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'He stays, live with it': Betty White refused to remove Black dancer from her show in 1954

Even at the risk of cancelation, White insisted that Arthur Duncan stay on and thus helped launch a successful career for him.

'He stays, live with it': Betty White refused to remove Black dancer from her show in 1954
Cover Image Source: Left: Arthur Duncan/Betty White Show/NBC; Right: American actor Betty White wearing a veiled hat, circa 1955. (Photo by Hulton Archive/Getty Images)

Editor's note: This article was originally published on January 3, 2022. It has since been updated.

Betty White was one of a kind, and no incident highlights that better than her refusing to give in to demands for a Black dancer to be removed from her show in the 50s. Amid the peak of racial segregation, Betty White faced intense pressure to remove tap dancer Arthur Duncan from her show. Betty White, having given Duncan his television debut on 'The Betty White Show,' stood her ground against the backlash. "I'm sorry, but he stays...Live with it!" she bluntly told those that brought the matter to her, reported PEOPLE. Betty White died on December 31, 2021, a few weeks shy of her 100th birthday.

HOLLYWOOD, CA - MARCH 7: Actress Betty White speaks on stage at the 2nd Annual TV Land Awards held on March 7, 2004, at The Hollywood Palladium, in Hollywood, California. (Photo by Kevin Winter/Getty Images)

Television was a relatively new medium, but White was a veteran of stage and radio. She had also featured in a sitcom and even co-hosted a Los Angeles daytime talk show. 'The Betty White Show' saw her perform songs and entertain viewers with skits and interviews with guests. She even had a regular children’s segment. Duncan recalled the furor and the actor backing him during those testing times. "I was on the show, and they had some letters out of Mississippi and elsewhere that some of the stations would not carry the show if I was permitted to stay on there," said Duncan during an episode of 'Steve Harvey's Little Big Shots: Forever Young' in 2017. "Well, Betty wrote back and said, 'Needless to say, we used Arthur Duncan every opportunity we could.'" Betty White was facing pressure from stations in the South but used Duncan even more until the show was canceled in 1954. It was also the year segregation in public schools was declared unconstitutional by the U.S. Supreme Court.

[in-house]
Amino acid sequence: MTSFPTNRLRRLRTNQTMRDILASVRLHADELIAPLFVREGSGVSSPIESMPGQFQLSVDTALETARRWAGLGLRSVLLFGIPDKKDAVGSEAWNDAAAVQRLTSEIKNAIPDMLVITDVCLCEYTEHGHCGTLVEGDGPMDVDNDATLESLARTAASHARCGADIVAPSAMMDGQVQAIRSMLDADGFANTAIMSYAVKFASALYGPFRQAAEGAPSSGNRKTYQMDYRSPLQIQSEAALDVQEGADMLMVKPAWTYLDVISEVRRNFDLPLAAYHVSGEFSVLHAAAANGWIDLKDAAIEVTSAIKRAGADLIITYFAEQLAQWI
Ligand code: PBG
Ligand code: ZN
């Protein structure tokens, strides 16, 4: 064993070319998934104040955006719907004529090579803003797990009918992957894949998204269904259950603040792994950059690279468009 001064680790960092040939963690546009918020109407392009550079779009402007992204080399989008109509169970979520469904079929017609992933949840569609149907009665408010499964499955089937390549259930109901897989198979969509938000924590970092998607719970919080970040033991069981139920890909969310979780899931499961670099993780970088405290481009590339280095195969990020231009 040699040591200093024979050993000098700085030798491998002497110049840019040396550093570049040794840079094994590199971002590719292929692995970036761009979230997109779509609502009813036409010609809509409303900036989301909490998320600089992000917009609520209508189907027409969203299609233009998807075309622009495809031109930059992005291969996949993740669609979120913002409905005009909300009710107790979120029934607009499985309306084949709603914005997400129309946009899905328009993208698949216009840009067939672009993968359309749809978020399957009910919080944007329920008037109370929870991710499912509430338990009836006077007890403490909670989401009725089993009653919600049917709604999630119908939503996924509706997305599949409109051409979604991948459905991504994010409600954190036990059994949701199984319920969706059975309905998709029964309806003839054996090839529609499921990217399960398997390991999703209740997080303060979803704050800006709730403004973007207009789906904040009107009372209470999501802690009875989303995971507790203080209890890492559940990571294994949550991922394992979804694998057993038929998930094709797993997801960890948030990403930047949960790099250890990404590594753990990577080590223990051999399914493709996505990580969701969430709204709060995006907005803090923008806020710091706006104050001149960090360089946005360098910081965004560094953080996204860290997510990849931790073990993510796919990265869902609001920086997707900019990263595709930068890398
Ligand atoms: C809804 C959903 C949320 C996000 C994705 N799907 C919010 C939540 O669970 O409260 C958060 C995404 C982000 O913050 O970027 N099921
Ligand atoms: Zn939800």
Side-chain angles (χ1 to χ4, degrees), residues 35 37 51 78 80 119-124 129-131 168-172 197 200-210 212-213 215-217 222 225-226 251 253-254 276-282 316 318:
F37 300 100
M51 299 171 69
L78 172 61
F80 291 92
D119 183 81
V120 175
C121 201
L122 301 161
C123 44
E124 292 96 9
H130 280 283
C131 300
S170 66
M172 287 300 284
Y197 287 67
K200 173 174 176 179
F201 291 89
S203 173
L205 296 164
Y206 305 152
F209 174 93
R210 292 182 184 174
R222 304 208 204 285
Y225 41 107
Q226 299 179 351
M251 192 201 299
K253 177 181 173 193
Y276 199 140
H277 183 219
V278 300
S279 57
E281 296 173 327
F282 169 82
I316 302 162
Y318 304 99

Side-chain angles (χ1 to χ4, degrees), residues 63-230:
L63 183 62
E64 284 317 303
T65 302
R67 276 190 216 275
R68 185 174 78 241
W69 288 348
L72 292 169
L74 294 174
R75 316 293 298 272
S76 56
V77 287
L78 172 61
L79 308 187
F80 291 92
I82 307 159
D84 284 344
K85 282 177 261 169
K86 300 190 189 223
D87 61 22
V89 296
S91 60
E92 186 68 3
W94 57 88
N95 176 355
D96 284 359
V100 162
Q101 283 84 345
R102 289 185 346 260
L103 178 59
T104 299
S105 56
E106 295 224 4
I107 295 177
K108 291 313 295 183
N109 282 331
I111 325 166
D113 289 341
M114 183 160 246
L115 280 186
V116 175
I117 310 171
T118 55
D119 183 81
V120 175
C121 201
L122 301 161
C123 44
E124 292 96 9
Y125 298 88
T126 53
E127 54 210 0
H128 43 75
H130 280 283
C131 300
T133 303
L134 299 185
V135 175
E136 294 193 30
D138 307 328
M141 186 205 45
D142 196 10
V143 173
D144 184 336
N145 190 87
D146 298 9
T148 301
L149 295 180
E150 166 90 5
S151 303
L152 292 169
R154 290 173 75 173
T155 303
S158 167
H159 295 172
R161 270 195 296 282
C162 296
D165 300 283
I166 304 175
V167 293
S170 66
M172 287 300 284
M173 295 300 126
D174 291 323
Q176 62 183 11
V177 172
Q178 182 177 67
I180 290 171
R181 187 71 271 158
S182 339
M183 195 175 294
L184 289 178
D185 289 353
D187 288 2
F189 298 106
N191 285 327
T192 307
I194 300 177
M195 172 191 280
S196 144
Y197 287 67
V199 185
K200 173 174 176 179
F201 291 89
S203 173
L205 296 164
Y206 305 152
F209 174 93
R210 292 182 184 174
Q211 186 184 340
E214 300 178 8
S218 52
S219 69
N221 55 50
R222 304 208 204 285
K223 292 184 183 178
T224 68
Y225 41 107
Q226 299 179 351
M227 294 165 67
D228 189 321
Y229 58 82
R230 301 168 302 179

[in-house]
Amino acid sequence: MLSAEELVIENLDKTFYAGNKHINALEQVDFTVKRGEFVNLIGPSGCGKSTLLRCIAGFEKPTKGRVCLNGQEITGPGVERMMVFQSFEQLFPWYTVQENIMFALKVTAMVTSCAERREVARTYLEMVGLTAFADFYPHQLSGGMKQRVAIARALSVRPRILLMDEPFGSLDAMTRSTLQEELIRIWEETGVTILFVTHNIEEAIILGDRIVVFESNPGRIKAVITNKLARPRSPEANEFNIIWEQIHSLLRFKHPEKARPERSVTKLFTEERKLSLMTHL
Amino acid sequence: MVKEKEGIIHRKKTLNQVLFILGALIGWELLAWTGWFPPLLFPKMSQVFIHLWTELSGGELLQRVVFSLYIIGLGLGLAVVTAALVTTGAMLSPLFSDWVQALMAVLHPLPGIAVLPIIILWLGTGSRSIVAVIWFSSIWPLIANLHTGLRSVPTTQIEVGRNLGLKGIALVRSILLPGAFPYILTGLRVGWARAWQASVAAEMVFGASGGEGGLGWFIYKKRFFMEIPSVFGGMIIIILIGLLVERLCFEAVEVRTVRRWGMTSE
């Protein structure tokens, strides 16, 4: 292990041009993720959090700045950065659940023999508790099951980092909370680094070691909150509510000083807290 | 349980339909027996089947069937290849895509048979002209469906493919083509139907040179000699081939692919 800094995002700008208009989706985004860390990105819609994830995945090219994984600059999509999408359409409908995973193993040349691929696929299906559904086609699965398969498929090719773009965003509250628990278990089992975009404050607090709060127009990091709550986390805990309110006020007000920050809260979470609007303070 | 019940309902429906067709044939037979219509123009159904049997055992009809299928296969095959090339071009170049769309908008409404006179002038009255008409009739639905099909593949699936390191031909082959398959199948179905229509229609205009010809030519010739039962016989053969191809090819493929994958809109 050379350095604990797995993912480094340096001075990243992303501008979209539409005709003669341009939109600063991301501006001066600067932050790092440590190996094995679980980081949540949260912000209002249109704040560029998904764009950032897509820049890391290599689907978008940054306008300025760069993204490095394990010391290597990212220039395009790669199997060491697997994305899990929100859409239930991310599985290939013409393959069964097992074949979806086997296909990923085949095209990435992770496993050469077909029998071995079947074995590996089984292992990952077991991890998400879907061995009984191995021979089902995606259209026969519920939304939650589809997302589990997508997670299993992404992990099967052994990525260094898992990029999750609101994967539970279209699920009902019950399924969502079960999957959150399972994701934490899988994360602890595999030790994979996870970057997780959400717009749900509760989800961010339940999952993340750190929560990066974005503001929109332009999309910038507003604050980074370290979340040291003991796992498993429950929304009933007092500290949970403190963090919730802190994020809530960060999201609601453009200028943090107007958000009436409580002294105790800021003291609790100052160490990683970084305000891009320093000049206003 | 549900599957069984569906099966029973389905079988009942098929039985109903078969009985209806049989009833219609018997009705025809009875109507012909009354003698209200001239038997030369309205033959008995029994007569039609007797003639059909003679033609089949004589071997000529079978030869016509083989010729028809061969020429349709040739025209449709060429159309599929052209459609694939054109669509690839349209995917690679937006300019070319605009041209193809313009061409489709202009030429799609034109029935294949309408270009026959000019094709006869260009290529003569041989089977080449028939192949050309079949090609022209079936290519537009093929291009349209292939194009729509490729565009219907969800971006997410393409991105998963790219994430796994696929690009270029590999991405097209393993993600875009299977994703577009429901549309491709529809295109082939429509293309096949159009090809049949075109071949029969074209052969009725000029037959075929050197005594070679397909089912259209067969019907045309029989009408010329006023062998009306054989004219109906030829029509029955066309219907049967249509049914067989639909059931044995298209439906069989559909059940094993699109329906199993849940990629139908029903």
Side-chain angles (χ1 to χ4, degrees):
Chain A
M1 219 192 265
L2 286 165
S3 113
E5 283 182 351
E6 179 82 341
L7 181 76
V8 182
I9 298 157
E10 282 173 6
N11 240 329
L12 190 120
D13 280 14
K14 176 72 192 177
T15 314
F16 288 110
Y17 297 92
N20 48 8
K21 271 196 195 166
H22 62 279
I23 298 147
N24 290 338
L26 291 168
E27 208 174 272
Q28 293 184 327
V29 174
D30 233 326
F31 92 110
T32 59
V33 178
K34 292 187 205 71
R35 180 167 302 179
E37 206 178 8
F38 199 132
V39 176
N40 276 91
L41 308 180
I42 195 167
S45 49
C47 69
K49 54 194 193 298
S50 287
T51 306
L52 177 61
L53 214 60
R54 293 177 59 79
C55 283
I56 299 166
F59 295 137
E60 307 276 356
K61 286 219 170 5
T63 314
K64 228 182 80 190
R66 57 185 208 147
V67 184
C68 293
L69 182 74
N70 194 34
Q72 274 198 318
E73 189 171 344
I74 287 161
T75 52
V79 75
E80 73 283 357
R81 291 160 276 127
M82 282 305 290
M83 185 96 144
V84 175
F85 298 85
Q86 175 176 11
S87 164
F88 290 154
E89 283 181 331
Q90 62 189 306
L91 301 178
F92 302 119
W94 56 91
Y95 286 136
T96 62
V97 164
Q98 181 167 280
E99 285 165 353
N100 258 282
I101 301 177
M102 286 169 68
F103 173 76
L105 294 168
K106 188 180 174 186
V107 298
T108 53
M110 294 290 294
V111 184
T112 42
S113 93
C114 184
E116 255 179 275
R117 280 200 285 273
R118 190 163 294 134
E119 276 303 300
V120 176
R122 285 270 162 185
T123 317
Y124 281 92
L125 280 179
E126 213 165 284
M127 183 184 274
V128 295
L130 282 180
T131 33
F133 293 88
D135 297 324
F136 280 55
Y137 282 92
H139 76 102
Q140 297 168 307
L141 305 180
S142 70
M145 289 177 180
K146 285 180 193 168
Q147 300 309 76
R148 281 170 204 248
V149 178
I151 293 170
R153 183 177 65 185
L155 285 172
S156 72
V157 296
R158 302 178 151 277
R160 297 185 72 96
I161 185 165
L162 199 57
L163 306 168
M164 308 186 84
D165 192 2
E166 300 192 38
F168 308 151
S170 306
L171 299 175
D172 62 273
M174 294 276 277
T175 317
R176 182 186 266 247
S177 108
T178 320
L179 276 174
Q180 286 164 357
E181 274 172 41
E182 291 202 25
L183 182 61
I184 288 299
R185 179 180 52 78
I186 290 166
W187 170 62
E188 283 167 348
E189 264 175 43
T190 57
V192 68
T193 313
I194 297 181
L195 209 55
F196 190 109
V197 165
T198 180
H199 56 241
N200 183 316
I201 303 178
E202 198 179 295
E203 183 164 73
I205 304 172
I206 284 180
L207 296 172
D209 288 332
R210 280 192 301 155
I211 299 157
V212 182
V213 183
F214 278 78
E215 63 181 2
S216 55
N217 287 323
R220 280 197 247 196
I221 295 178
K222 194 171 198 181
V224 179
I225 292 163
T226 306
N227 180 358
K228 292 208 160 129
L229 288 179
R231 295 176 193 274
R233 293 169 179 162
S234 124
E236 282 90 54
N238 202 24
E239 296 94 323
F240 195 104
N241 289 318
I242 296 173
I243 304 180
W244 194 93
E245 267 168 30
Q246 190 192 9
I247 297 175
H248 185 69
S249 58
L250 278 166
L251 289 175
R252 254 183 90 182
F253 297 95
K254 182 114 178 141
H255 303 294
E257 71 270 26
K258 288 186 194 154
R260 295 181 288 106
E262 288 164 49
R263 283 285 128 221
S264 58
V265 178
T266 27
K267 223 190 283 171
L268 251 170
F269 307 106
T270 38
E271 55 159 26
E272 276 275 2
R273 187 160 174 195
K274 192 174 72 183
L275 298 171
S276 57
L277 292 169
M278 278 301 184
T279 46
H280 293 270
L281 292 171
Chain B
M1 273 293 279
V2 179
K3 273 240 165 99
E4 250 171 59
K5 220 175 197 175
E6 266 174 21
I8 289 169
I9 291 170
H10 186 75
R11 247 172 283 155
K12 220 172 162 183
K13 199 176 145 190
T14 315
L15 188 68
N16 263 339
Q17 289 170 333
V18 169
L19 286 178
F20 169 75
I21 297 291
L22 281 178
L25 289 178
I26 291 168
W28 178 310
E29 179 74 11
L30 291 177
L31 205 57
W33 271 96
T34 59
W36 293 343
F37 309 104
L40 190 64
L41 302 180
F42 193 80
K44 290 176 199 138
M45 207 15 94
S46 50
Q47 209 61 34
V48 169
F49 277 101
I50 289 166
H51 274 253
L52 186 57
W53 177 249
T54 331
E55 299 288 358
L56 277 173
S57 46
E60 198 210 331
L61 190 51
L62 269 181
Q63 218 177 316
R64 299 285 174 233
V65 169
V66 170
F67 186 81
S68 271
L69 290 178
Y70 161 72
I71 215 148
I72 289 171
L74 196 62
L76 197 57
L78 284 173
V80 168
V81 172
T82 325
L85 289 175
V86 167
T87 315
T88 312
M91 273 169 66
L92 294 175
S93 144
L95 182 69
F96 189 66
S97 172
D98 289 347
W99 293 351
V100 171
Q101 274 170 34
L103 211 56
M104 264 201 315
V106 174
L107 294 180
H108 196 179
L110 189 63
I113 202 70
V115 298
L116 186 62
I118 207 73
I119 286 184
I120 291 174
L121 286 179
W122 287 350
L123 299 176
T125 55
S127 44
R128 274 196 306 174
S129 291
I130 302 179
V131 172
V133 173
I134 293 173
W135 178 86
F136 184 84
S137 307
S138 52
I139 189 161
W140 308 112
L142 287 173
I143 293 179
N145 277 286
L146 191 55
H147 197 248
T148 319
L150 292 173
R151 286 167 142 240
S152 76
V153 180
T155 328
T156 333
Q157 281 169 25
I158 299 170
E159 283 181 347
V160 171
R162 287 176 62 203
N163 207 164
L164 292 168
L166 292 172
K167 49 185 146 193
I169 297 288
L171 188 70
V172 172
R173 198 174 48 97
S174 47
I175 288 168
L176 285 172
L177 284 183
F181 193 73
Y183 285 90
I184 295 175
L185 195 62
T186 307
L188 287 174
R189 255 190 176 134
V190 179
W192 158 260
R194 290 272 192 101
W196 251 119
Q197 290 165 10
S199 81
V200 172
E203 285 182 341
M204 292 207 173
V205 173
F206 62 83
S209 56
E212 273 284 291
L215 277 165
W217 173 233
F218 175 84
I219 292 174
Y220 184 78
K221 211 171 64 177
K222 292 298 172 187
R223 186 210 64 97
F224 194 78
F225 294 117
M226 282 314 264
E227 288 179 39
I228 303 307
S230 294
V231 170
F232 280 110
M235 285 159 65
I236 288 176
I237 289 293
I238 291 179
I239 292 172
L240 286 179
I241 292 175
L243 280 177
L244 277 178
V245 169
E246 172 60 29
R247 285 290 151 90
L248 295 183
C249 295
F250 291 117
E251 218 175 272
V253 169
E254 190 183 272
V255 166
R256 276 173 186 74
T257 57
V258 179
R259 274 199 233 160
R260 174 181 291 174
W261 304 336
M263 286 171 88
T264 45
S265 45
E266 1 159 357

Duncan later made history as the first Black regular on a variety show, starting with his role on 'The Lawrence Welk Show,' where he remained for two decades. Steve Harvey also had Betty White come on to the show to reunite them. Duncan looked at White and joked that his life was now complete. "I'm ready to go now," he said. When Duncan told White, "I hope we have a chance to visit after this is over," she replied, "Oh, I hope so. You never call. You never ask me out." Duncan even tapped a routine in front of Betty White in a throwback to their time on her show from the 50s. Duncan reserved high praise for White during an appearance in a 2018 documentary about her titled 'Betty White: First Lady of Television.' He said it was White who gave him his break. "I credit Betty White for really getting me started in show business. People in the South, some of them resented me being on the show and wanted me thrown out. And it was never a question at all," he recalled.


White explained the controversy in the documentary, "All through the South there was this whole ruckus, they were going to take the show off the air if we didn't get rid of Arthur because he was Black," said White. "I said, 'I'm sorry, but he stays...Live with it!'" Duncan was featured on the show at least three times. Ignoring the racist calls, she interviewed a Black child during the children’s segment as well, reported The Washington Post. There's no knowing if her putting her foot down on Duncan staying on had any role in the show being repeatedly rescheduled for different time slots before eventually being taken off the air that same year.


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